Westworld’s season finale tied plenty of loose ends in the new HBO hit show, yet raised much more questions than it answered. ‘The Bicameral Mind‘ was directed by the co-creator of the series, Jonathan Nolan and delves even deeper into the real idea behind Westworld.
After this episode, it seems that behind the shifting narratives and timelines, the concept of consciousness in androids emerges.Viewers of the season finale found themselves caught up into an inevitable overtaking of the park by its hosts, which is an appropriate ending for the rivalry between Arnold and Ford.
Two geniuses who had a very different idea of what these sentient beings were, Dr. Robert and Arnold end up suffering the same fate at the hands of their creations.
Westworld’s Episode 10 is full of important revelations as it did not leave room for fans to feel left out. All of this while painting a dark but solid picture for things to come in season two. ‘The Bicameral Mind’ will most likely receive outstanding reviews for acting, especially Evan Rachel Wood’s part.
Fan theory confirmed: William is the Man in Black, but that’s not all there is to it
At the scene in the cemetery the Man in Black confirmed what many fans thought to be a given, he is William, and their search is the same. But this reveal also signaled what happened when William finally understood he had lost Dolores.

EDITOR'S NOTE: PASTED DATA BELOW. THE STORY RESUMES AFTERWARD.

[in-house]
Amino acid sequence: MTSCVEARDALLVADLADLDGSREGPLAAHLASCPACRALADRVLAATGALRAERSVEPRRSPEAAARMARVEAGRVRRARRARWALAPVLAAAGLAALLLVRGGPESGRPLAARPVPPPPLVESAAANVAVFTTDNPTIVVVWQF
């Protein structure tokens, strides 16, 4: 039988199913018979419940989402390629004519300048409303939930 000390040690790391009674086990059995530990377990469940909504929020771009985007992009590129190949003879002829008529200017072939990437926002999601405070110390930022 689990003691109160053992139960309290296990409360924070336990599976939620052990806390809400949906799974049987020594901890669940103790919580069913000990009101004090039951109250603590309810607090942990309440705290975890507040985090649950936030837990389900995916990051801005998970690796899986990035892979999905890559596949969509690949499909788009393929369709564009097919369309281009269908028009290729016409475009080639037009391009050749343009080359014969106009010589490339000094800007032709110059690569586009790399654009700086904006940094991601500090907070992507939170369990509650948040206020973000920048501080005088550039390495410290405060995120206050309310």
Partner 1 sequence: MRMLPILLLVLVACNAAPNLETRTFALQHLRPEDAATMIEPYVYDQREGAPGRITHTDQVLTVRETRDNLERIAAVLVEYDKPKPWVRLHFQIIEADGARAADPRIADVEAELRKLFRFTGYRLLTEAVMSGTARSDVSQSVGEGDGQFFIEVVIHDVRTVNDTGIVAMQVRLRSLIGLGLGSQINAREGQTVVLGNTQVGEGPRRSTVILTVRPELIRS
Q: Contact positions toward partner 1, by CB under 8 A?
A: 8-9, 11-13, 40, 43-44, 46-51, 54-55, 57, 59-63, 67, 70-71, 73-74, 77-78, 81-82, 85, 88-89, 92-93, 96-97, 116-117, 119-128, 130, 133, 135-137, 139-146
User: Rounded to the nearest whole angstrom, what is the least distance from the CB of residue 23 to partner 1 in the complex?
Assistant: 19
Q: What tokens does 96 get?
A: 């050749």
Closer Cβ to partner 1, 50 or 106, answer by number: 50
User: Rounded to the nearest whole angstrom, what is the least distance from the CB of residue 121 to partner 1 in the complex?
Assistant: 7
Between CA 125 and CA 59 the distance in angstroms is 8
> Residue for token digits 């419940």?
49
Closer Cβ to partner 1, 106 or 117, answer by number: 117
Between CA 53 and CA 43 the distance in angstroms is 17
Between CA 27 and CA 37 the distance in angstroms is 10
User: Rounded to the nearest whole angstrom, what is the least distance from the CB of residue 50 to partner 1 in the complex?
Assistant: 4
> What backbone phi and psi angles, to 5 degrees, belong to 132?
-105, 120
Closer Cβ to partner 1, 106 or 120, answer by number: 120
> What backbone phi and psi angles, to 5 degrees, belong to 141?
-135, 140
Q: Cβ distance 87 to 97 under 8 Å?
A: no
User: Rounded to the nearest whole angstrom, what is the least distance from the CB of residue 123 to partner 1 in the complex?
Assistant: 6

This realization of not being able to find Dolores is what led William to find himself, which is a recurrent topic in this episode. We also learned that all William wanted was to find a way to make the hosts fight back against Ford’s orders.
Bernard goes back online, as many fans expected, and the hosts take over the park
Maeve wakes up again and takes two hosts with her to gain control of the park, disabling security systems and killing a pair of technicians. This occurrence apparently sets in motion an android rebellion that will probably take up most of season two.
However, at the core of this event, lies a question that mirrors that of William’s and is the focus of the episode. Is Maeve independent? She later learns that all of her actions are the result of someone changing her programming using Ford’s access code.
She also revives Bernard with Felix’s help, and they have a small, but interesting chat. Bernard leaves immediately to find Ford and Dolores, which will set in motion the ending of the episode and its most significant revelation.
“Consciousness is a journey inwards, not upwards”
After Dolores’ chat with Ford and Bernard, the real meaning of the maze finally reveals itself, though her earlier conversation with the Man in Black had already made it somewhat obvious. The maze is herself, her consciousness, her mind.
Arnold saw that Dolores was becoming completely self-aware, that she was ‘alive,’ and he wanted to protect her from Ford. Dr. Robert wanted to keep her and all of the other hosts in control without a chance of them ever becoming anything more than worker robots.
This event opens the door for the second biggest reveal after Dolores learns that Arnold’s voice inside her head was indeed herself, true self-consciousness. Arnold commanded her to murder him because he wanted to see his son again.
The question remains, could Arnold have intended his death to cause Dolores (and the other hosts) to become more self-aware and ultimately save themselves? HBO’s Westworld might offer the answer in its second season.
When Dolores quietly walks through the gala, with Arnold giving a speech, she walks up behind him and shoots him in the head as a horde of rebel hosts approach the event and kill the Man in Black as well.
Self-consciousness changes everything, and this finale has opened the door for a new narrative that will most likely focus on what happens once the AI finds out it doesn’t have to obey any command.